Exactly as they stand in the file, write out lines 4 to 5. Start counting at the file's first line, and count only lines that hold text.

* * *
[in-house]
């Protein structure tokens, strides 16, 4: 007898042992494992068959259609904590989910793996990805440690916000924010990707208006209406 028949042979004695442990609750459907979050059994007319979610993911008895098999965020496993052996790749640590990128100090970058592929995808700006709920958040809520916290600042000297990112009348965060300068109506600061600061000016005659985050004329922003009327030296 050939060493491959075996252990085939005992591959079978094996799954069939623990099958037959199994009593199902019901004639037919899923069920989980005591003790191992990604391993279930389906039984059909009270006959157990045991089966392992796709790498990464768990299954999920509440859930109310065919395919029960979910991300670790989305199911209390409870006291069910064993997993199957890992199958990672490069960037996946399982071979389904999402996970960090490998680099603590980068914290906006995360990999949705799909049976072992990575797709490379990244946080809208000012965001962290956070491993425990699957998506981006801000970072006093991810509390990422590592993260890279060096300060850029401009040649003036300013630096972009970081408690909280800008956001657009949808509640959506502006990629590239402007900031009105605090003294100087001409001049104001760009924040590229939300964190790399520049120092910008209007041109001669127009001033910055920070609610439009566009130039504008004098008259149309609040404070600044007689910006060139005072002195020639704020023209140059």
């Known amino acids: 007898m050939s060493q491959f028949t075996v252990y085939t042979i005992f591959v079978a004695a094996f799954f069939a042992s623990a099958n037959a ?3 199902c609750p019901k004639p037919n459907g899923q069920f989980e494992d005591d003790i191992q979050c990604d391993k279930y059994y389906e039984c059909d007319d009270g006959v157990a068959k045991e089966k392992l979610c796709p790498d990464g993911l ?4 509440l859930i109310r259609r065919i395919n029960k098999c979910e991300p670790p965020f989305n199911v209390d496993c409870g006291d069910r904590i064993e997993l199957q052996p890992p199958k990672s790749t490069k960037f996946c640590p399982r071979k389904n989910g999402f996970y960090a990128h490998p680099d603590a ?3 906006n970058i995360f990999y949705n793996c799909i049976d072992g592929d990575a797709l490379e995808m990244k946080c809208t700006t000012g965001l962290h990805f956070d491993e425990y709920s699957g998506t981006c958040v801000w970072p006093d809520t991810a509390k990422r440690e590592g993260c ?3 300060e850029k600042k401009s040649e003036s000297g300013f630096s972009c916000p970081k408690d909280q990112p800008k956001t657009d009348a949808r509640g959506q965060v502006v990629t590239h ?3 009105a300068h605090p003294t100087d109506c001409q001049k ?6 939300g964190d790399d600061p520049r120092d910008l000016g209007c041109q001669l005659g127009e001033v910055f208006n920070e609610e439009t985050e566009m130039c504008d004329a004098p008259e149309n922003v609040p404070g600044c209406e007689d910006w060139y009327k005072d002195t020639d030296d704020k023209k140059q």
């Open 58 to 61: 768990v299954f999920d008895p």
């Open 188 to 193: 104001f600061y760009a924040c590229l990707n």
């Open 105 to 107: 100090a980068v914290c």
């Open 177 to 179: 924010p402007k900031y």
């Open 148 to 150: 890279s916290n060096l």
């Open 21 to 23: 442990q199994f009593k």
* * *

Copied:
């Open 58 to 61: 768990v299954f999920d008895p």
């Open 188 to 193: 104001f600061y760009a924040c590229l990707n």